I've done it a week in advance a couple of times, but not often. Not because I'm fearful, I just have the time to do it closer. But I think nothing of baking and decorating several days in advance if I need to. I take a cake to church the first Sunday of every month. That cake always gets decorated on the previous Thursday afternoon. It sits on my counter in a box until Sunday.

I have noticed the cakes with milk in the batter (rather than water) tend to last longer sitting on the counter. I keep a cold kitchen, btw. Unless I'm baking, it rarely gets over 65- and that's considered a heat wave in my kitchen. More typically it's around 60. It not heated at all at night. So it gets very cold then. Whatever it is outside, that's pretty much what it is in my kitchen.

Another advantage to being able to shut the kitchen door.

smiling1809 Posted 27 Feb 2005 , 9:25pm
post #10 of 12

Mine for the wedding are frozen and will be iced on Friday, and decorated on Saturday, before the wedding.

GHOST_USER_NAME Posted 28 Feb 2005 , 6:59am
post #11 of 12

There you go!!

SquirrellyCakes Posted 28 Feb 2005 , 3:56pm
post #12 of 12

To add to the discussion, I often bake, fill and ice a cake the same day and I don't get this bulge. Here is my theory on it.
I found out one way to get a bulge, quite by accident. Only once did I let a cake cool completely while it was lying with the unlevelled crown face down on a cooling rack. Now generally I level my cakes as soon as they come out of the pan, I don't wait until they are cool because I find this easier. Well it is easier with from scratch, not with cake mix cakes which I find generally are more delicate and this cake I had the problem with was a cake mix. Of course what happened was that the cake tried to level itself while cooling and this is where the bulge came from. So I won't be doing that one again. It was just because I had used all of my cooling racks and didn't have extras to flip the cake over so the crown was on top.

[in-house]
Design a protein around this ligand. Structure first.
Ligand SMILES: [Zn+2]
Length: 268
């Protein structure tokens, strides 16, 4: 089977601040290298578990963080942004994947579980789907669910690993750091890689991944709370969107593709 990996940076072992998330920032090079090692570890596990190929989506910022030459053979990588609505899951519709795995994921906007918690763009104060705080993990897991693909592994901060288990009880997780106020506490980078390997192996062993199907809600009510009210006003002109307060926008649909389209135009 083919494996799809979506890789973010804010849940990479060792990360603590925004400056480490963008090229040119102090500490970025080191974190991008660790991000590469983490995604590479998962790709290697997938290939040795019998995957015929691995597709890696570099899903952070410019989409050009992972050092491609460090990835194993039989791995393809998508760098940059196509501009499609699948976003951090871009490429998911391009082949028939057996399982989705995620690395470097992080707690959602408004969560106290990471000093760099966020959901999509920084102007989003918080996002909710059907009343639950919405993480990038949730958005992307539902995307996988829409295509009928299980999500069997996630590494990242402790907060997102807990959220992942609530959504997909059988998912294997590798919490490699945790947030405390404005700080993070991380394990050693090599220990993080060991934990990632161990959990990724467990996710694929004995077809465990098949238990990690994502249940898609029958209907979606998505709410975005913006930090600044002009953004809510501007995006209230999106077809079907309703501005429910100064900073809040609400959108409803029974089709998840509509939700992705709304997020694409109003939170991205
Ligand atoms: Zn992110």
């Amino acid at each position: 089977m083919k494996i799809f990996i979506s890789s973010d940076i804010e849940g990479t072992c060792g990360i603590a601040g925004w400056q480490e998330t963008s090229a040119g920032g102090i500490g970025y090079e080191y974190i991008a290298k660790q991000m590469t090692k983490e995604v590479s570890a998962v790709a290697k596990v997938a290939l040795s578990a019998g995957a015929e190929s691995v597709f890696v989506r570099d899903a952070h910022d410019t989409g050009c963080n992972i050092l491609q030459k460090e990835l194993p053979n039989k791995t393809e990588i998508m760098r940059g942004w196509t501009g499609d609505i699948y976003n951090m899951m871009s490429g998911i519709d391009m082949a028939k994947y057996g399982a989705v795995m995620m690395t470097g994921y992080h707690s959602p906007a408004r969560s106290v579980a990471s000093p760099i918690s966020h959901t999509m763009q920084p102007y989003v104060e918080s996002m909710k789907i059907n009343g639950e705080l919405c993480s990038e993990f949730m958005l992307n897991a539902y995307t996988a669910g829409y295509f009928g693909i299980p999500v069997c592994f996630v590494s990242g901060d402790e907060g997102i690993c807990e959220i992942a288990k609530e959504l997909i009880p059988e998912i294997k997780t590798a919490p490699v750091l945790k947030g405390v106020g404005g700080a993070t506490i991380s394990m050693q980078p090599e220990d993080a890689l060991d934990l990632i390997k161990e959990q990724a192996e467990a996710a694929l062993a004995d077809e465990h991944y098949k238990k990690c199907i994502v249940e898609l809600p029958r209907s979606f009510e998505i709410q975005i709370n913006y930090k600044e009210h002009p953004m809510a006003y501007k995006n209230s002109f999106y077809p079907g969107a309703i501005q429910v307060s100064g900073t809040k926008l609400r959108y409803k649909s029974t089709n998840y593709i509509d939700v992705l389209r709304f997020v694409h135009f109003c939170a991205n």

But I don't get a bulge even with filling and frosting a just baked and cooled cake. So my theory is this. Most people when levelling a cake, only level off the top bump. To truly level a cake, you want to bring the cake down level so that where the top meets the side is exactly the same height. And you want to use a really stiff buttercream damn and have your filling slightly below this height. If your filling is really of a wet unstable nature, well for one thing, it can absorb into your cake. Now to me this would be a special issue with a freshly baked cake that hasn't had time to seal itself by sitting on the counter covered for a day or so. Maybe the reason this isn't an issue for me is because I use a thinned apricot glaze to seal my cakes.
Anyway, it is an interesting problem. I tend to also fill in with icing at the seam as I am crumbcoating or frosting the sides of the cake. I guess this amounts to the same thing as putting an extra row of icing there.
Hugs Squirrelly Cakes